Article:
Antony Starr on why he left NZ
Middle America can be a dangerous place for a lone Kiwi, especially when he's pretending to be a bad, bad man.
Antony Starr might call Charlotte, North Carolina, real "apple pie" country, but within hours of filming for his new US television series Banshee kicking off, he had a stitched-up lip after coming off second best to a cast mate's head. And that was just the start of it.
"It was crazy. By the end of the pilot [episode], I had torn hamstrings, a shattered elbow, I still had the stitches there and everything was just sore."
But that is the price you pay for the chance of a lifetime.
Banshee is without a doubt Starr's breakout role - for American audiences, anyway. The brooding series is driven by Greg Yaitanes, the creator of television show House, and Alan Ball, the man behind game-changers Six Feet Under and True Blood.
With a track record like that, it's fair to say the chances of this HBO/Cinemax drama being a winner are pretty high.
"He's a bit of a force, is Mr Ball. So as soon as you see his name involved, you know that, one, there's going to be a lot of interest in whatever it is, and two, it's probably going to be reasonable quality, do you know what I mean? He's got a very, very good track record, let's face it. It's the kind of track record we all want," said Starr.
Set in a small town in Pennsylvania Amish country, the Kiwi plays Lucas Hood, an ex-con who poses as a murdered sheriff, stirring up as much trouble as he is "employed" to settle.
In true Alan Ball style, there's more darkness than light relief. Starr spends most of the time either frowning, fornicating or fighting - sometimes all at once - as a guy with "a bit of a chip on his shoulder".
But it's an angst borne of love, and lost love at that.
"I wouldn't go as far to say ‘the guy who does the wrong things for the right reasons' because it's not that, it's a little bit more complicated than that. He's definitely someone who, at the base of it all, is a good man gone wrong. And gone very wrong.
"It's good to see someone that is passionate about his ex-lover and also passionate about stomping someone's head open. He's a passionate chap."
All this is a long way from Westie Central and those West twins, dopey Van and razor-sharp Jethro that Starr spent five years playing in Outrageous Fortune.
But after time was called on the juggernaut television series in 2010, the Auckland actor fell into a familiar trap, struggling to find work and beat people's expectations.
"It was pretty barren [after Outrageous Fortune]. You know it's interesting, I had a film and a tele-feature come out in that year, so everybody thought I was really busy. But I was doing nothing - I couldn't get a job here."
Starr turned his attention overseas, securing an agent in the United States, picking up work in Australia and getting some "forward momentum" everywhere other than his homeland.
"That was sort of the life after Outrageous; it was about leaving, really.
"It wasn't 100 per cent by choice, but as much as I say the world will take care of itself, I do have ambition and I don't want to be doing nothing.
"I'm not someone who's going to just wait around for someone to present something to me for free - if it's not happening then I'll go work and work at it."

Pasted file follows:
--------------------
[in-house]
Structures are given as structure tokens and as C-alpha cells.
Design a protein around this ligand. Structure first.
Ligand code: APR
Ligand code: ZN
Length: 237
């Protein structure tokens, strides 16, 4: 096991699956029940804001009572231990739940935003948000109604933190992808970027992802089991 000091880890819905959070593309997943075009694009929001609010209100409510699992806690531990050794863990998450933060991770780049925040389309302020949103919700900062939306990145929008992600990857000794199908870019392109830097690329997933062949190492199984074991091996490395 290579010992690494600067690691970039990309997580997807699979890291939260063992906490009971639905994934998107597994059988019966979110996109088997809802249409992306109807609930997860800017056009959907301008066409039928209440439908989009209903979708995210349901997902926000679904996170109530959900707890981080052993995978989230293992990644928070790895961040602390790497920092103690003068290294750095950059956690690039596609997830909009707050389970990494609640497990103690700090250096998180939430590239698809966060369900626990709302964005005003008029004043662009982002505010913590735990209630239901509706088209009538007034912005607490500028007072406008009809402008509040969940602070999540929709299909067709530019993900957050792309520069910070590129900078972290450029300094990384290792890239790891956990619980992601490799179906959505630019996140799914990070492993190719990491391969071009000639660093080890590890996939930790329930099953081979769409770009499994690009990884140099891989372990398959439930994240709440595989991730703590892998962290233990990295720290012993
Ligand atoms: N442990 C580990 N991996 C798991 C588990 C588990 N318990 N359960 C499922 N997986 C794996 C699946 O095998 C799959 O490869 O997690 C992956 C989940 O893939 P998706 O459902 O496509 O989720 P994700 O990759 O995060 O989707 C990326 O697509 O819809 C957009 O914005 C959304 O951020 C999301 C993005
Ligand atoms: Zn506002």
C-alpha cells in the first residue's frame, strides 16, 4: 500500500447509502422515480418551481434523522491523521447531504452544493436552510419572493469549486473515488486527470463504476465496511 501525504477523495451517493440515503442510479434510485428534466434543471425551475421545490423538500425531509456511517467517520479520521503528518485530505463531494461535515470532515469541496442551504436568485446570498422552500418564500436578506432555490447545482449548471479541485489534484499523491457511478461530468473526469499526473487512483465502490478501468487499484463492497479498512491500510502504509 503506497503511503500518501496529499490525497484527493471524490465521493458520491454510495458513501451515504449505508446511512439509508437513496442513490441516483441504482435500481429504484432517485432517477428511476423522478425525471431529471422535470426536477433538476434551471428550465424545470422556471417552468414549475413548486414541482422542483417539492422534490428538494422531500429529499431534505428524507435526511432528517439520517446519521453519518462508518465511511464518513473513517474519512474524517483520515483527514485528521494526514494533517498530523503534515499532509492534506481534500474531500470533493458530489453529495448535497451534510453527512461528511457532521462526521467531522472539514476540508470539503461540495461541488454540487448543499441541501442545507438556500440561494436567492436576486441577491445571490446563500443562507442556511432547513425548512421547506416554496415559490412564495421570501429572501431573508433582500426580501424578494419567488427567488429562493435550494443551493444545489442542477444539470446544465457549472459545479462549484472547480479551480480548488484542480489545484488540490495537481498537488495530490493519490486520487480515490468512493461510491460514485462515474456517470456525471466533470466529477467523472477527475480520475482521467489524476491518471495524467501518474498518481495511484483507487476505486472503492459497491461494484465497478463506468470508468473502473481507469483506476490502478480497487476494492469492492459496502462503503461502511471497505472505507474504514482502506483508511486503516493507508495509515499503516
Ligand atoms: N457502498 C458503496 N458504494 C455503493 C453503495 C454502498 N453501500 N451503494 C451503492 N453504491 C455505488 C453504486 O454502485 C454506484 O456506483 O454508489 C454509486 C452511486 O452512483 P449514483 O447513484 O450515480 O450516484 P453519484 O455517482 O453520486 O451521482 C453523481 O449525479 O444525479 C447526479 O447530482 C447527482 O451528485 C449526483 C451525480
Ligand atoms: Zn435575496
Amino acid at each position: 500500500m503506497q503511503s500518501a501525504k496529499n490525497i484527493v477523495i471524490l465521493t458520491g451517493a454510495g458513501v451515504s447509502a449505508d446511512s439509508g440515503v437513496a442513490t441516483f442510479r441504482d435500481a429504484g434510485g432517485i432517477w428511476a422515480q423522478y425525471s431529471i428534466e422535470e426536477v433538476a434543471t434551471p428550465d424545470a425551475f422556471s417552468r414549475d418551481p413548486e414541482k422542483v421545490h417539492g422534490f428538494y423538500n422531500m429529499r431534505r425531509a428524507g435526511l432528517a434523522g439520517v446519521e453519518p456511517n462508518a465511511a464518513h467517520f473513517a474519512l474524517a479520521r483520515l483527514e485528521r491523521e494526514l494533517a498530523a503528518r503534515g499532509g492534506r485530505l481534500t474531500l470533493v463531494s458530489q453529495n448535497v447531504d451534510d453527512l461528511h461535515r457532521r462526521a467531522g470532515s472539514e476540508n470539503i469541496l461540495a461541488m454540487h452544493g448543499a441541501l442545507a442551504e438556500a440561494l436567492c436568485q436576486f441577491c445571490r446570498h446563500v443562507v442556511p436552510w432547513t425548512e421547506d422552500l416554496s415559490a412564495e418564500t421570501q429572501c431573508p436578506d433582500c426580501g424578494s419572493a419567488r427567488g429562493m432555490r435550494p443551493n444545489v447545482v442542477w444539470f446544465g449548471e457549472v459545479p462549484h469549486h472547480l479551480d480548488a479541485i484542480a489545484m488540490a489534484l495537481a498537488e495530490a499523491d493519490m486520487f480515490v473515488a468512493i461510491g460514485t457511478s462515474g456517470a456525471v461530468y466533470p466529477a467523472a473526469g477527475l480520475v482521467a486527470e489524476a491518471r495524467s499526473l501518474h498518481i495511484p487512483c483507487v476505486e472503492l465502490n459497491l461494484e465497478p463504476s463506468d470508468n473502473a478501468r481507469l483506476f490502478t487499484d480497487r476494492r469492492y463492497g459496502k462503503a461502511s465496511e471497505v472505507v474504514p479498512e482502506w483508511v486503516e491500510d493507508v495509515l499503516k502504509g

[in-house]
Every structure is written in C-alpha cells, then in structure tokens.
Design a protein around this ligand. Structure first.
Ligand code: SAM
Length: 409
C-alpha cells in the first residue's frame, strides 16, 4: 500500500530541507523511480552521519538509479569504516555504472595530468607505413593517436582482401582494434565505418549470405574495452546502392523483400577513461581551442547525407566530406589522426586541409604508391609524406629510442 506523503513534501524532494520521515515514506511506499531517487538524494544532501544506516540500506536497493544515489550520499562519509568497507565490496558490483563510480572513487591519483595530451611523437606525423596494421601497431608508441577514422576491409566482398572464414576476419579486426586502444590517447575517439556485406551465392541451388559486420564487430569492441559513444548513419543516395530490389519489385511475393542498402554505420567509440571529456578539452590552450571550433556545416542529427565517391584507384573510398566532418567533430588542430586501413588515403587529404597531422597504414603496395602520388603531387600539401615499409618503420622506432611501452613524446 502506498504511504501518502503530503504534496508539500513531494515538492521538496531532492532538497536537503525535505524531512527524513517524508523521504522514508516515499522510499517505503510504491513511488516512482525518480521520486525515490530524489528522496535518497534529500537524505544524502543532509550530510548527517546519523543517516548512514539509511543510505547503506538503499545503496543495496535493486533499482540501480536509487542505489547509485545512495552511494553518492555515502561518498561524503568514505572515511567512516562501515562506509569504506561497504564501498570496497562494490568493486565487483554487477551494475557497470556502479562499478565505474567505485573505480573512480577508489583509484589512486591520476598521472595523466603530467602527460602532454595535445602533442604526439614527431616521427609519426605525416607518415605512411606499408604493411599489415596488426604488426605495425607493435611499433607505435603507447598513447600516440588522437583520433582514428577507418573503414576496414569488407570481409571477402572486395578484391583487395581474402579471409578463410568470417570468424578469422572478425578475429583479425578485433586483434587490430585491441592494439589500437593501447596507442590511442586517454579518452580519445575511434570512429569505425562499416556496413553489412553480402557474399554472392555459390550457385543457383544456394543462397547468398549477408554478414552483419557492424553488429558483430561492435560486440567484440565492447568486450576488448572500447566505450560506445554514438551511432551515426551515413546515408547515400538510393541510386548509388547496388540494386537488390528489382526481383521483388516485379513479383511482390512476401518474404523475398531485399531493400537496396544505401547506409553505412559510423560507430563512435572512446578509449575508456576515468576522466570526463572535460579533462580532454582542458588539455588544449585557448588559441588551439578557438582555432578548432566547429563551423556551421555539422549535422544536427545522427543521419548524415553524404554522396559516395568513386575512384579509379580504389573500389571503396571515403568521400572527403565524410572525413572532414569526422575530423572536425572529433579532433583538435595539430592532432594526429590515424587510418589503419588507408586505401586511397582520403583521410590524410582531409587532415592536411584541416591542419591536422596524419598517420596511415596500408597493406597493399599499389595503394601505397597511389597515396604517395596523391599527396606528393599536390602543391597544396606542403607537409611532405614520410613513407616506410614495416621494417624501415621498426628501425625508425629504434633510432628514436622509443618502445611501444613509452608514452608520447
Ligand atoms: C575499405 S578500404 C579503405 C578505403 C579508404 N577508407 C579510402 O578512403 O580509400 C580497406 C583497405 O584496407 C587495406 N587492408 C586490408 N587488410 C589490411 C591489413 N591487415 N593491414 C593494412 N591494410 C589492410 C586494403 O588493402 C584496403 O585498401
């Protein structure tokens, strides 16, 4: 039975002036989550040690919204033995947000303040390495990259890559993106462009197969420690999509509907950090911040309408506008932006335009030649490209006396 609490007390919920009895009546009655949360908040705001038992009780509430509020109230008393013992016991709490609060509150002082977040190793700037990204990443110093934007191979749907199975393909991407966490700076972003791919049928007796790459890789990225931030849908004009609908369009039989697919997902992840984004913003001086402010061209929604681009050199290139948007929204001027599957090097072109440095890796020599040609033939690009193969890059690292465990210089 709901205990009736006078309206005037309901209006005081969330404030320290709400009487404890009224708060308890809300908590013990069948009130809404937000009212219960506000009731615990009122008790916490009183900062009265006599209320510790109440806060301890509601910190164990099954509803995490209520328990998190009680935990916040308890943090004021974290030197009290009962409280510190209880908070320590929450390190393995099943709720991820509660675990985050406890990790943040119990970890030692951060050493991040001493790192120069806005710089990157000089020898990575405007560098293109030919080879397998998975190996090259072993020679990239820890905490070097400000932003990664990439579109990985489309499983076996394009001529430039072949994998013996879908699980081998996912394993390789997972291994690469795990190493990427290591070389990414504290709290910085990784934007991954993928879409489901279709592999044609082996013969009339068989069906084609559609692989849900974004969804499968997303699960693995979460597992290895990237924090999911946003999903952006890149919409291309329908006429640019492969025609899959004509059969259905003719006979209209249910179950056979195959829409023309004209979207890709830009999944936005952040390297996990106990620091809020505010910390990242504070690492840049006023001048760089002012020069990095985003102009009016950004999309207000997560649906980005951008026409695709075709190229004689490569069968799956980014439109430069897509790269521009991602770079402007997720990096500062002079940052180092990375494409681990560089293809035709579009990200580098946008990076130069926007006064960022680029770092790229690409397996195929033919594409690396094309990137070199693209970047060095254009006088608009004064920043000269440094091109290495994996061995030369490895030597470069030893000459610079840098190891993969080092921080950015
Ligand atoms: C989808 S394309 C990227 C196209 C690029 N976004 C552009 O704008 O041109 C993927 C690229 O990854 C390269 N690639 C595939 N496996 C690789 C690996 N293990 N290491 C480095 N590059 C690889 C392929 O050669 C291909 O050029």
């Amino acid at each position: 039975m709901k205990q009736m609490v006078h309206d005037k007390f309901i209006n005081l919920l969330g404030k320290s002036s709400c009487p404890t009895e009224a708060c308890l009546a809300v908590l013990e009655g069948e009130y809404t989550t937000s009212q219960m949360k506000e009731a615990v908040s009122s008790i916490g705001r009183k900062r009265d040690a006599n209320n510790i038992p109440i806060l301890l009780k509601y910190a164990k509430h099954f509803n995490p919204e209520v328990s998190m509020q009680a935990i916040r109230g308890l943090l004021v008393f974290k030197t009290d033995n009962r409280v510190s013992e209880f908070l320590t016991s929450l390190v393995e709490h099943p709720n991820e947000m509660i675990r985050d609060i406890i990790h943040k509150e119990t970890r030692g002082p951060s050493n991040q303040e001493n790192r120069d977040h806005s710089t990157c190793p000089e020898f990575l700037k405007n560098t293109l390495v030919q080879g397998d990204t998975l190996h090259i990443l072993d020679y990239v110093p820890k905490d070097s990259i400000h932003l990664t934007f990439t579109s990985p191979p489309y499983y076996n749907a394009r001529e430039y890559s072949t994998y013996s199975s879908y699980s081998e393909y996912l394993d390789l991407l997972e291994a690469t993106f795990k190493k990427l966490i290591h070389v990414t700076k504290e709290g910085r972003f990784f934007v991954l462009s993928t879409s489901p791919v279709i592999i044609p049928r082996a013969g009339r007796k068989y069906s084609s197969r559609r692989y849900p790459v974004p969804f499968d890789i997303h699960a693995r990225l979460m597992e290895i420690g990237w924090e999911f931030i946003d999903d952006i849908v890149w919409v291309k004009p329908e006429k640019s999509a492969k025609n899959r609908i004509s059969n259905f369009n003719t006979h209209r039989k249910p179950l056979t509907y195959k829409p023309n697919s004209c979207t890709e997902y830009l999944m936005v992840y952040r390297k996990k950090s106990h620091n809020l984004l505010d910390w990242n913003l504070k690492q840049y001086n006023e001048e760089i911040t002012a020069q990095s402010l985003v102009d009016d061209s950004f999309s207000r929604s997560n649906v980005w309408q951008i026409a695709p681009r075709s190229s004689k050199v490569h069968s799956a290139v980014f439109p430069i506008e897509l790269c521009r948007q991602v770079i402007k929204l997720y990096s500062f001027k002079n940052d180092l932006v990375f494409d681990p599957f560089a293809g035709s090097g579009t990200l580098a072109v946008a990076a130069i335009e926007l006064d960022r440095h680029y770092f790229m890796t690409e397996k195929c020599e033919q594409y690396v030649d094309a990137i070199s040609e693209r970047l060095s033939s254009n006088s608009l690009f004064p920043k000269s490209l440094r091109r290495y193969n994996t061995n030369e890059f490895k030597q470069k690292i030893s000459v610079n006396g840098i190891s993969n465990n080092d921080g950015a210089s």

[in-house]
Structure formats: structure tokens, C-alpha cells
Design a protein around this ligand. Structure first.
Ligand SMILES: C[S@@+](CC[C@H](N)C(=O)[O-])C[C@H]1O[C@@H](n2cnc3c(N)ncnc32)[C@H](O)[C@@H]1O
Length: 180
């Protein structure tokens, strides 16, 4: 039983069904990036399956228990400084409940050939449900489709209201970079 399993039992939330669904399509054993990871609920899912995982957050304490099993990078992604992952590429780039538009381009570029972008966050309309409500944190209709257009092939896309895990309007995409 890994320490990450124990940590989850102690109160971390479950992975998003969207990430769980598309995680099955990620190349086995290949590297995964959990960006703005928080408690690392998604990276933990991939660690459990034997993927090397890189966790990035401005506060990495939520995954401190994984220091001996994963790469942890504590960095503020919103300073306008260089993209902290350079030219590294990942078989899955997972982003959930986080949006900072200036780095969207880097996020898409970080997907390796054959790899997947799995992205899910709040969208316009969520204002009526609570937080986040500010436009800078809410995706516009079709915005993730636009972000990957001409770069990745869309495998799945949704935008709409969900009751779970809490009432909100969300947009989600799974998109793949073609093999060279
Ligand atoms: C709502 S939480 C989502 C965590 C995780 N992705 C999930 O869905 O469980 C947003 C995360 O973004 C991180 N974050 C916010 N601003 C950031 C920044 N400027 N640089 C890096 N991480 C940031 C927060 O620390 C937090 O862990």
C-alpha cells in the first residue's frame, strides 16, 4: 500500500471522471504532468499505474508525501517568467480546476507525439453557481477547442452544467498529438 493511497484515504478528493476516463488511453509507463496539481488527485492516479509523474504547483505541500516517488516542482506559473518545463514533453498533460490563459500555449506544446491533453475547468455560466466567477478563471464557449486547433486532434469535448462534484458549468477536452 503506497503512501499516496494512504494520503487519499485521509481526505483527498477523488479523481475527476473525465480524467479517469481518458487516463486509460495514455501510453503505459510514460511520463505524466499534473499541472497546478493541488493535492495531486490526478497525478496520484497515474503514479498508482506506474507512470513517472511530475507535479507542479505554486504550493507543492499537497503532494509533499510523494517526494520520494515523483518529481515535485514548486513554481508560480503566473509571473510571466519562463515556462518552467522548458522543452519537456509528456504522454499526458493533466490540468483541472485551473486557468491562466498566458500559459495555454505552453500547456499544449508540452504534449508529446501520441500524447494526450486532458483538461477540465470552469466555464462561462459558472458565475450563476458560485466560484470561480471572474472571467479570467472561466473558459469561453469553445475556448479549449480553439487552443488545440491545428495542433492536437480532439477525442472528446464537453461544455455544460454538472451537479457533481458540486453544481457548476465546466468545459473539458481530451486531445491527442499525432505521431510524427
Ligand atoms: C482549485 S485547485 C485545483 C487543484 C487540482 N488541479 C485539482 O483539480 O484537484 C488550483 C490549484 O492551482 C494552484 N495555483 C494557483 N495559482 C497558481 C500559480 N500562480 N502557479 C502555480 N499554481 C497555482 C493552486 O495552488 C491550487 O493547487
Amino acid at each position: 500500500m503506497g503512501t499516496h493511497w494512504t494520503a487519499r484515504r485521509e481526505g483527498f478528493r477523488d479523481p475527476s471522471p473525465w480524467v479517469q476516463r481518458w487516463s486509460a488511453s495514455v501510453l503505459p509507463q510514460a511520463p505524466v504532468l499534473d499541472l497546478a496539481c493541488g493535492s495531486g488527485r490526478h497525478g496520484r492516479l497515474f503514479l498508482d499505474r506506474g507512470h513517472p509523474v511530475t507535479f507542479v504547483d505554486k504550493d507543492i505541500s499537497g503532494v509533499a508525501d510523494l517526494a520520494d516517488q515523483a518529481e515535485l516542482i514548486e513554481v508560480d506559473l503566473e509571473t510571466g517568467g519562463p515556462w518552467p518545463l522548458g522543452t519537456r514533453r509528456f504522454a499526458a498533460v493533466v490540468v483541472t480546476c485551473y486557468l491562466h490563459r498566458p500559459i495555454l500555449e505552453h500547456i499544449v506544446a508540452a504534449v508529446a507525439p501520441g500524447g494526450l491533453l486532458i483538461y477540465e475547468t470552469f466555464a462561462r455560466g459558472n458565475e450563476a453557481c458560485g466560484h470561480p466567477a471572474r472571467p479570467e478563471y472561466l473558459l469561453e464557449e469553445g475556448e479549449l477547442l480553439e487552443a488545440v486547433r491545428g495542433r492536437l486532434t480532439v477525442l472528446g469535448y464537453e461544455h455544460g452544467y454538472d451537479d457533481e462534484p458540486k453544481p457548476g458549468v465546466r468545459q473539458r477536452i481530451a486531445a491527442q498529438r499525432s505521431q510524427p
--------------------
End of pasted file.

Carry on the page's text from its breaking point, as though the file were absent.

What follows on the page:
The plan worked. Not only is Starr the main man in Banshee, but he has just picked up an AACTA Award nomination for his role in hit Aussie flick, Wish You Were Here.
The ultimate end-goal was always the bright lights of America. Or in Starr's case, the slightly dulled flicker of small town North Carolina, where the cast and crew of Banshee - many of them imports, just like Starr - had to bond out of necessity.
"You become each other's support network and friends and family, away from friends and family. So there are a lot of positives to that. In saying that, I was there for seven months and I was pretty glad to get out by the time I did.
"It's different to everywhere - you can steal apple pies off window sills. It's that American, apple pie, middle America."
Starr wasn't always the front runner for the series. He got the role of Hood after the original star didn't work out, prompting the casting director to convince everyone involved to "take a look at this Kiwi".
Next minute, the 37-year-old is front and centre of what is being touted as the next sex and violence-fuelled hit series.
Starr said it would be easy to get overwhelmed, but in reality there isn't much difference between making television in the US and making it in Henderson.
"You do feel that pressure, but it's like anything unknown. As soon as you get in you go ‘oh, this is actually the same thing, it is no different'. It's just different people and there's a little bit more money thrown at it and the scale is a bit bigger, but it's all the same.
"There was no ego, there was no bulls...."
And these days, that's just how the actor likes it - no game playing, no calculations.
"When you get to the end of the day, I think it's all about the people that you work with and the experiences you have had, not whether you are sleeping on a bed of money or you are having photos taken of you, or people know your name in a magazine."
Luckily for this Starr, sometimes that sort of thing just happens.
Banshee, Tuesday, 8.30pm, SoHo
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